Borderlands 2 still had all the same quests/sidequests but I didn’t hate it as much, I’m sure there’s a reason I just haven’t really thought about it yet. @Auth help me out, why do I like Borderlands questing over something like Dragon Age Inquisition?


Two words: meat bicycle.

But in all seriousness, I think the storytelling in that game was done well without being excessively-expository, the gameplay was engaging, the NPC’s were fun and memorable, the world in general kicked ass, and you could do a lot of neat shit with any of the characters in terms of builds (cough). Also, drop-in/drop-out multiplayer is great when done right, and I felt like it was well-implemented in BL2.


I have a similar gaming timeline, having played the first four Wizardry games on the Apple II platform, Sierra adventure games, etc. I don’t particularly care about game story these days either, which shocks me that I am saying that, but on reflection it might be due to the way that story presentation detracts from core gameplay.

In the case of the good early graphical adventure game, the core gameplay/mechanic WAS the control of a branching story presentation. There’s a tight feedback loop between your core gameplay elements (the point-and-click interface, movement) and what unfolds on the screen (story) to build the experience developing in your head (which is where the game experience lives). In non adventure games, you have more of a eye-hand coordination mechanic as the core game experience, and story provides supporting context so you understand that those fuzzy blobs of pixels are spaceships, tanks, princesses, etc.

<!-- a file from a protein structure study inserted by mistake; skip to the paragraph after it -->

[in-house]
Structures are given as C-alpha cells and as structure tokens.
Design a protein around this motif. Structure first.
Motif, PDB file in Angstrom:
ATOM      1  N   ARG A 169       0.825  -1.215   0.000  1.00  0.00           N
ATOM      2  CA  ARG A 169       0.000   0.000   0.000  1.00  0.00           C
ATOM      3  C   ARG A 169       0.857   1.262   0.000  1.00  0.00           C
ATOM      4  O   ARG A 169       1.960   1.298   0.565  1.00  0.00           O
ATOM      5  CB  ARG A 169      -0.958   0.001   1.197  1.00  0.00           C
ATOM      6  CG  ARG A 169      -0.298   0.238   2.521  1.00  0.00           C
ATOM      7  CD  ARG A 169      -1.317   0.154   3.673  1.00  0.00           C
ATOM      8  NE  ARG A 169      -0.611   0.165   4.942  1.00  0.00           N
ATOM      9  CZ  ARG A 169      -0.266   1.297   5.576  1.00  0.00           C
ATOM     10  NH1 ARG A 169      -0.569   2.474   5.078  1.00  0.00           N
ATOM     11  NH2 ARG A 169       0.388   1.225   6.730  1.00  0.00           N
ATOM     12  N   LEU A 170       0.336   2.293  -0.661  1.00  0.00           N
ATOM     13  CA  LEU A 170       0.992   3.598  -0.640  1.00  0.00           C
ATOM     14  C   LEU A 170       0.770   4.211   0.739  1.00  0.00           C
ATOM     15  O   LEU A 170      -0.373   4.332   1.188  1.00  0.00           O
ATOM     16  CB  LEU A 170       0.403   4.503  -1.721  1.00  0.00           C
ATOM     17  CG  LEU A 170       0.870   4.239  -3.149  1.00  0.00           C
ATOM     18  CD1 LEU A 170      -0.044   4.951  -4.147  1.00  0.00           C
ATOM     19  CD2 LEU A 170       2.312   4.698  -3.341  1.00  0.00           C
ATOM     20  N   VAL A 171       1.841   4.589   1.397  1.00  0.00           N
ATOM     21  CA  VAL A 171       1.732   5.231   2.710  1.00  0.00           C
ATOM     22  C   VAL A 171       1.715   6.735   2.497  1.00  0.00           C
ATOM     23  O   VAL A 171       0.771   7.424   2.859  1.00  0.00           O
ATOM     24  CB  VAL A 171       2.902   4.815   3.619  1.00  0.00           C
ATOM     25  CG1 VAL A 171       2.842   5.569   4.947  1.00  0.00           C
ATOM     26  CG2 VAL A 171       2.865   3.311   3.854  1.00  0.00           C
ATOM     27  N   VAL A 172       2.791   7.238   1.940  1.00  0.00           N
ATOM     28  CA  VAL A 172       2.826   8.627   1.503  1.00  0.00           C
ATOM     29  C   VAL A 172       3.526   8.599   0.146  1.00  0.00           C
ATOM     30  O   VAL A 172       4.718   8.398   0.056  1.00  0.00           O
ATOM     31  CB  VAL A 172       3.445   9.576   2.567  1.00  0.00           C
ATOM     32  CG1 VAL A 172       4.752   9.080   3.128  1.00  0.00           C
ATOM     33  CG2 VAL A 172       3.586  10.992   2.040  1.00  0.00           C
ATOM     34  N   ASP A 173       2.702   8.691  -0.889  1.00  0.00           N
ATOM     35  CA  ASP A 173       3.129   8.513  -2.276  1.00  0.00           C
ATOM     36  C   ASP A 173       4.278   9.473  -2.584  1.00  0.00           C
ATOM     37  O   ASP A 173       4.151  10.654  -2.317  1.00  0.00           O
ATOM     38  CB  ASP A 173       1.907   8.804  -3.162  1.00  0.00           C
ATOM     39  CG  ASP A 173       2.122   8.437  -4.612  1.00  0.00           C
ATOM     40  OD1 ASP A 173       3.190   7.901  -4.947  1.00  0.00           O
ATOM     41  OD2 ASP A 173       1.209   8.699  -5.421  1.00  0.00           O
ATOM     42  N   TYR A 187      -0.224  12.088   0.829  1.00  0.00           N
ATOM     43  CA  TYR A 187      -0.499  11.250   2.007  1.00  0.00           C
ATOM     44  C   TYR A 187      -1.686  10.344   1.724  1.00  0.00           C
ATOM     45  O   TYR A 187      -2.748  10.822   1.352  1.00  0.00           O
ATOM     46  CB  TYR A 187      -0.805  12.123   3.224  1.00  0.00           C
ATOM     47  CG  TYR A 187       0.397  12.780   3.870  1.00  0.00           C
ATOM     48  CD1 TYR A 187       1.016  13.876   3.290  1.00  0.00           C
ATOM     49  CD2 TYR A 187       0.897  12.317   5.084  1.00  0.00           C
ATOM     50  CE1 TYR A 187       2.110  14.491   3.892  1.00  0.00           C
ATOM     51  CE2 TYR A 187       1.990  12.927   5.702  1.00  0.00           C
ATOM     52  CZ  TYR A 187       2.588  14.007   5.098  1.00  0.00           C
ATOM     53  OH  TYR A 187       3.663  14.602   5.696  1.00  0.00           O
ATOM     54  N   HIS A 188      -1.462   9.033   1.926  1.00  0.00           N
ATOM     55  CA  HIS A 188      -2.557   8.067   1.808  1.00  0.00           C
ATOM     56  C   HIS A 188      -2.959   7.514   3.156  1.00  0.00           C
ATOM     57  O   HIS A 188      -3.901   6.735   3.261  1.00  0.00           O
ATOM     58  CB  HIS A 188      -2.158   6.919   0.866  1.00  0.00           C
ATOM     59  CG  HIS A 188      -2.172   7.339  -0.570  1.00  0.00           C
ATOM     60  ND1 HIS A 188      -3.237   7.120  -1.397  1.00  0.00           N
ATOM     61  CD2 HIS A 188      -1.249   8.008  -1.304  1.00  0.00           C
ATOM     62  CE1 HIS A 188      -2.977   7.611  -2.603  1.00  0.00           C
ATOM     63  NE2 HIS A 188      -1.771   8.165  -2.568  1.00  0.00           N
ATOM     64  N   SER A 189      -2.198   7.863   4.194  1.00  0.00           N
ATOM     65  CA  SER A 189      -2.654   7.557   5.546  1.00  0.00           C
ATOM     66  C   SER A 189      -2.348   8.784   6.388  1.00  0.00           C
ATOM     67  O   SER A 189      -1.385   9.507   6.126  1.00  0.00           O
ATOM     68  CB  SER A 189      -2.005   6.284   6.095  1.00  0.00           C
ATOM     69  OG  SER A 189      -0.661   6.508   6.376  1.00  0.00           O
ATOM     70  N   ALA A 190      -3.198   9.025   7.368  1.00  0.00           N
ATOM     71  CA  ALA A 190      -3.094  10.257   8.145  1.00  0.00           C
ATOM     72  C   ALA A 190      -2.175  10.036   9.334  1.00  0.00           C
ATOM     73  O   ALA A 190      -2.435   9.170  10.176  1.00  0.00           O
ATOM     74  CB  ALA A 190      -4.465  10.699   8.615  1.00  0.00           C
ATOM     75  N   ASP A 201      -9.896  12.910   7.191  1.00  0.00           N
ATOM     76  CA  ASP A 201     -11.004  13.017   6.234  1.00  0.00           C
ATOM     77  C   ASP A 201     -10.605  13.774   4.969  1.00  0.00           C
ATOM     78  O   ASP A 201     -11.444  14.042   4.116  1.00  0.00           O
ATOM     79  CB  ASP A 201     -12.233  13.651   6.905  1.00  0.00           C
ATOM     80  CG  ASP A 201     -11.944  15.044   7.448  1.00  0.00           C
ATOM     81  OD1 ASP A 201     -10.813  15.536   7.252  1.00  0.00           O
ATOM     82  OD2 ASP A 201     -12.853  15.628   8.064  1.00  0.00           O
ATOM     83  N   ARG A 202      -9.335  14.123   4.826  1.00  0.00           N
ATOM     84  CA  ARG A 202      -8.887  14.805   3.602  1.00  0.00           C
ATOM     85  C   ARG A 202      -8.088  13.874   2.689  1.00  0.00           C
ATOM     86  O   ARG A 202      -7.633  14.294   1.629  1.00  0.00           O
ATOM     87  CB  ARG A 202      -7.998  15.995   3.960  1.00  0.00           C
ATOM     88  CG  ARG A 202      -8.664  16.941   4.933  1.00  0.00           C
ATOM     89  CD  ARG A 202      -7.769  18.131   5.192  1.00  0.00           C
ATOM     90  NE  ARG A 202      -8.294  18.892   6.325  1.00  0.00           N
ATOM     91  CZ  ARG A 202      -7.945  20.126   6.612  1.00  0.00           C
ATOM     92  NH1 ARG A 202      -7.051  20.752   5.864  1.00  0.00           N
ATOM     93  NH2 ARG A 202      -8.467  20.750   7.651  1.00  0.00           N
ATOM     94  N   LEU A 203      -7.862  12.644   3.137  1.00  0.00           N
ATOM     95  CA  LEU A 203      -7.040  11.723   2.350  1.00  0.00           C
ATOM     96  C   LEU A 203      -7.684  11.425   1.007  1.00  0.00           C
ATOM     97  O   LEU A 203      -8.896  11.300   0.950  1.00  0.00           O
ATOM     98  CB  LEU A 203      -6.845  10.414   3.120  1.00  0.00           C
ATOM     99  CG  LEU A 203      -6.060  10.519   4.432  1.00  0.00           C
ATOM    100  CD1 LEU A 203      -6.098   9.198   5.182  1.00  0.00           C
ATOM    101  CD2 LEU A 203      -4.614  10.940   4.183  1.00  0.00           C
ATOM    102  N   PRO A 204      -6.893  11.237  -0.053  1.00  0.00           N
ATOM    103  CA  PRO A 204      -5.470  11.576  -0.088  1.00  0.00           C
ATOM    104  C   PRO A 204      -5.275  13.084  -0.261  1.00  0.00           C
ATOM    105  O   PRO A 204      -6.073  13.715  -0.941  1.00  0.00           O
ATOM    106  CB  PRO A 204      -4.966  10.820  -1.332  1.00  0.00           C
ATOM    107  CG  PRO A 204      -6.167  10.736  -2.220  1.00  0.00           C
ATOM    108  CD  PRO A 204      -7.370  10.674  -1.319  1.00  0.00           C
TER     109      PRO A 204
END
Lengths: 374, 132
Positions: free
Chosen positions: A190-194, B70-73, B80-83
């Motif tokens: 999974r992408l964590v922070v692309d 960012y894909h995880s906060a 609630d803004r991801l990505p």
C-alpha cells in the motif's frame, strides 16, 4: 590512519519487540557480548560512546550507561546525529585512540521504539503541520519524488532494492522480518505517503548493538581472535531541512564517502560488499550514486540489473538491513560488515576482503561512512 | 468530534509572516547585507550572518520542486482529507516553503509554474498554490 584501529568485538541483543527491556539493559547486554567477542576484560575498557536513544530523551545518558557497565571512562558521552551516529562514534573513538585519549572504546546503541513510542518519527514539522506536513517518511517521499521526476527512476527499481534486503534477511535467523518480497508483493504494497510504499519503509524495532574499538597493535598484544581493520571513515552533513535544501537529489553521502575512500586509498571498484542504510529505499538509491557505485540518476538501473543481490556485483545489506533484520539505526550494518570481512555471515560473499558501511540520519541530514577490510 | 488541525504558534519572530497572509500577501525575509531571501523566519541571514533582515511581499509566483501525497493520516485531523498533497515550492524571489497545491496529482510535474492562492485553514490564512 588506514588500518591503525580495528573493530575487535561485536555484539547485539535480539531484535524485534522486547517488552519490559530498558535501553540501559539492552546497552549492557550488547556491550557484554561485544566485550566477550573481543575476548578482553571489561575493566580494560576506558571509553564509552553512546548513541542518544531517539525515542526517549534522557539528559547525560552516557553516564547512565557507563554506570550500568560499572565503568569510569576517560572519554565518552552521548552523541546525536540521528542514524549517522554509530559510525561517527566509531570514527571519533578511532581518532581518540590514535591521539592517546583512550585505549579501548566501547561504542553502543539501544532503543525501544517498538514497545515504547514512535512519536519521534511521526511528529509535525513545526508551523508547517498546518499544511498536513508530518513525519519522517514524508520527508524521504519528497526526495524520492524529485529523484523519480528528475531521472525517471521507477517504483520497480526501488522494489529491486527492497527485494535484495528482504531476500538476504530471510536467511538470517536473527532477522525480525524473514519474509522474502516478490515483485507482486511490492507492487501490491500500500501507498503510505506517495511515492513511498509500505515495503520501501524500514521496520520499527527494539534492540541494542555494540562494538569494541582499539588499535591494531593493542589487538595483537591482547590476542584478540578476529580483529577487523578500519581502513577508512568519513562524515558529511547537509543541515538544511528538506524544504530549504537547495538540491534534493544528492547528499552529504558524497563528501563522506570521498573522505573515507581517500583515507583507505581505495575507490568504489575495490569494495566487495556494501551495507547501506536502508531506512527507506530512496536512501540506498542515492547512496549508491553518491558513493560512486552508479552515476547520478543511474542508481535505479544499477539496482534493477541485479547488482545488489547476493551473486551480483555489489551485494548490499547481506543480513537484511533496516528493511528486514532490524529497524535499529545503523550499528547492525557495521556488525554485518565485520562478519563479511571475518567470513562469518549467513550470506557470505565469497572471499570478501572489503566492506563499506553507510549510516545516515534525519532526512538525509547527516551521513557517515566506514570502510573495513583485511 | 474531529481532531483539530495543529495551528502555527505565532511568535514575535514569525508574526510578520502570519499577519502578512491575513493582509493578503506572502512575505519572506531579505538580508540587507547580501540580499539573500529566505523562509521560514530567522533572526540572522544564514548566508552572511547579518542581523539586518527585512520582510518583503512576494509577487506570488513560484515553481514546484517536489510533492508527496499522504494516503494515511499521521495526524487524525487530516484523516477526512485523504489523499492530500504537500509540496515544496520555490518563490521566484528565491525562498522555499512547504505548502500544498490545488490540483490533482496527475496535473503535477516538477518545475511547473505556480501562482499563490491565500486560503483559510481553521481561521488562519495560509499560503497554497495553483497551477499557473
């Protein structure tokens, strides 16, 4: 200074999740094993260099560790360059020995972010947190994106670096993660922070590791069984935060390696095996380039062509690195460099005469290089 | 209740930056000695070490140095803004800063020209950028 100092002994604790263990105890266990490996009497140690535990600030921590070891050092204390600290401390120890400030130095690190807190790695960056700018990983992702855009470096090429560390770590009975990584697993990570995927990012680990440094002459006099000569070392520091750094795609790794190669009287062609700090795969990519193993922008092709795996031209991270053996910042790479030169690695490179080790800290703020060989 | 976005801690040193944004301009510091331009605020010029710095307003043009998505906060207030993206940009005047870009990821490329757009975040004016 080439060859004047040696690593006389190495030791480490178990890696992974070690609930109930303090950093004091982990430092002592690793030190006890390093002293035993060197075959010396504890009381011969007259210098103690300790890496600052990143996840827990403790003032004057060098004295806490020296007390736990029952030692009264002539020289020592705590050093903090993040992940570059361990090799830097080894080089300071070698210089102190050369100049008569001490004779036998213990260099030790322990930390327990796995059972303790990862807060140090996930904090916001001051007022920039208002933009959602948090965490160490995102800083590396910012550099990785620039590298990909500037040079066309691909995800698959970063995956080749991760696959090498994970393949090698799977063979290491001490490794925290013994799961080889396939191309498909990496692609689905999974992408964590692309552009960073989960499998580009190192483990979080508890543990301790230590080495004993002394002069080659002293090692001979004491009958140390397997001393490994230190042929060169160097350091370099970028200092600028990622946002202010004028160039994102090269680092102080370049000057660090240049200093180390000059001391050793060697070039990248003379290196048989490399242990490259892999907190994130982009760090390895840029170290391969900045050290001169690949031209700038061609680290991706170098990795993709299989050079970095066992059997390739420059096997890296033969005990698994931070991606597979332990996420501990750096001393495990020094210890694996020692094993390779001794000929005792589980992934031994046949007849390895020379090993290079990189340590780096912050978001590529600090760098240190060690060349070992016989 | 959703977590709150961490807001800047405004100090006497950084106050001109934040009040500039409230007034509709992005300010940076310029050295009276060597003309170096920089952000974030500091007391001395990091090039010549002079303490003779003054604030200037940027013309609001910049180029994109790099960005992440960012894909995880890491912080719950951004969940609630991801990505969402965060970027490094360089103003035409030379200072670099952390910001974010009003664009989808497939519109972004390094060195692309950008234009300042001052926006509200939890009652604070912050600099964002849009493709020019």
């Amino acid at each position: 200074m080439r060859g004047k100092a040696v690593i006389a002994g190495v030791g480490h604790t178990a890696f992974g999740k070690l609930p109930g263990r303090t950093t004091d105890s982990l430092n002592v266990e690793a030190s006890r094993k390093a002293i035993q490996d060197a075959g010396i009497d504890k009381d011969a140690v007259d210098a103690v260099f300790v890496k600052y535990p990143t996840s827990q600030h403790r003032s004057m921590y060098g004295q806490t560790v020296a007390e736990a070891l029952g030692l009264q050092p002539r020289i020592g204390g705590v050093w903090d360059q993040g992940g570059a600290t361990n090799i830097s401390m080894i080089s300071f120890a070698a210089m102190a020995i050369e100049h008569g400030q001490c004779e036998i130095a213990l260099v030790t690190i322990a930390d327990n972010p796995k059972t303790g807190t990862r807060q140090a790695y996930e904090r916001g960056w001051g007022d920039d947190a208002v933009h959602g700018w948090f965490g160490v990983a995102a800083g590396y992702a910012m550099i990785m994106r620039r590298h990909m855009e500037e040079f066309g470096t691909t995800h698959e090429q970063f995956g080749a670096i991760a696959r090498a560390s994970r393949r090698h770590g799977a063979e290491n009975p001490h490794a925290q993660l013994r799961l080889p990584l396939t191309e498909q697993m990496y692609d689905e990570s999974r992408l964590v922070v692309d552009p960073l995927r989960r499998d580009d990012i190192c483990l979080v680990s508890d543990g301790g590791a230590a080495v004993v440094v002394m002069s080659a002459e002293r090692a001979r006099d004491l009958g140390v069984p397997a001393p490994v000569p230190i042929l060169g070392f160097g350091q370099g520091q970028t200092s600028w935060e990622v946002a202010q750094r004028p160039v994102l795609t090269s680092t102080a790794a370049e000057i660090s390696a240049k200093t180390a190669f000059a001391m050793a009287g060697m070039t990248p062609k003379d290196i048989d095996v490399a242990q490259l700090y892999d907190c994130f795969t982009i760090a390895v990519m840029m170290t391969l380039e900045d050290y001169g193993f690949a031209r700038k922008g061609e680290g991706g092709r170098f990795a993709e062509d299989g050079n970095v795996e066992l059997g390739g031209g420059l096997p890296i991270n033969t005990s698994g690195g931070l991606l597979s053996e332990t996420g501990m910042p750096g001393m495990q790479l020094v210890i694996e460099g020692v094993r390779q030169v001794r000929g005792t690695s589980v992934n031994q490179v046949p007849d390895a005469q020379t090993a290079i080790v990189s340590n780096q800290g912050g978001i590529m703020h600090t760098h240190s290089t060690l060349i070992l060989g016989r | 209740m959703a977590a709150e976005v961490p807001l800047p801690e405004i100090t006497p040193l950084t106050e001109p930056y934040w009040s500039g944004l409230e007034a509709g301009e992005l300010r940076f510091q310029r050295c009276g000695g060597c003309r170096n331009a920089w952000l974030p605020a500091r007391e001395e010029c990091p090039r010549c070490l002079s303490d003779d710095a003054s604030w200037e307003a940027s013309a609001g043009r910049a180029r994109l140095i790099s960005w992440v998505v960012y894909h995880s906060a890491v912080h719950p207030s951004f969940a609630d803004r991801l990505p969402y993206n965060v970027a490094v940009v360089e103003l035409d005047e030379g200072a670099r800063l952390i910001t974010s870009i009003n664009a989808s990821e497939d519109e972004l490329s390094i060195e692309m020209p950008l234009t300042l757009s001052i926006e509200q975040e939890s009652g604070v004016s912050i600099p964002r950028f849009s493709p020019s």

I think that computer games (or interactive media in the broader sense) have a tremendous capacity for new forms of storytelling as literature, but this is a different form of storytelling than the kind that is needed for an eye-hand coordination game, where the focus is more on the enjoyment of meeting and overcoming the challenge. That’s not to say that story isn’t important, but it doesn’t have to provide more context than, “I’m the assassin! I sneak behind people and snuff 'em out!” or “I’m an F-14 pilot shooting down Russian jets” to anchor the experience. Good mechanics and a good-enough story (or maybe “plot” is a better term) will still allow a story to develop in one’s head.

However, that isn’t where a lot of game storytelling goes. There’s the aspiring filmmaker/writer version of storytelling that tends to be an injection of exposition, and oftentimes it gets in the way of the enjoyment of the core gameplay experience. If I’m playing a game about being a sniper, I want to be sniping. The story elements that matter to me are (1) how do I snipe better (2) what challenges will I face as a sniper and (3) what are the secondary actions I can take that support my sniping. Any story elements that support those key experiences will immerse me in the game IF AND ONLY IF there is an actual gameplay mechanic supported by each element. Otherwise, it is extraneous. If the control mechanics are also stupidly outside the core mechanics that let me snip and feel sniperness, then it’s an unpleasant distraction. The non-skippable cut scene, the impossibly-long JRPG text exposition, stuff like that drives me up the wall.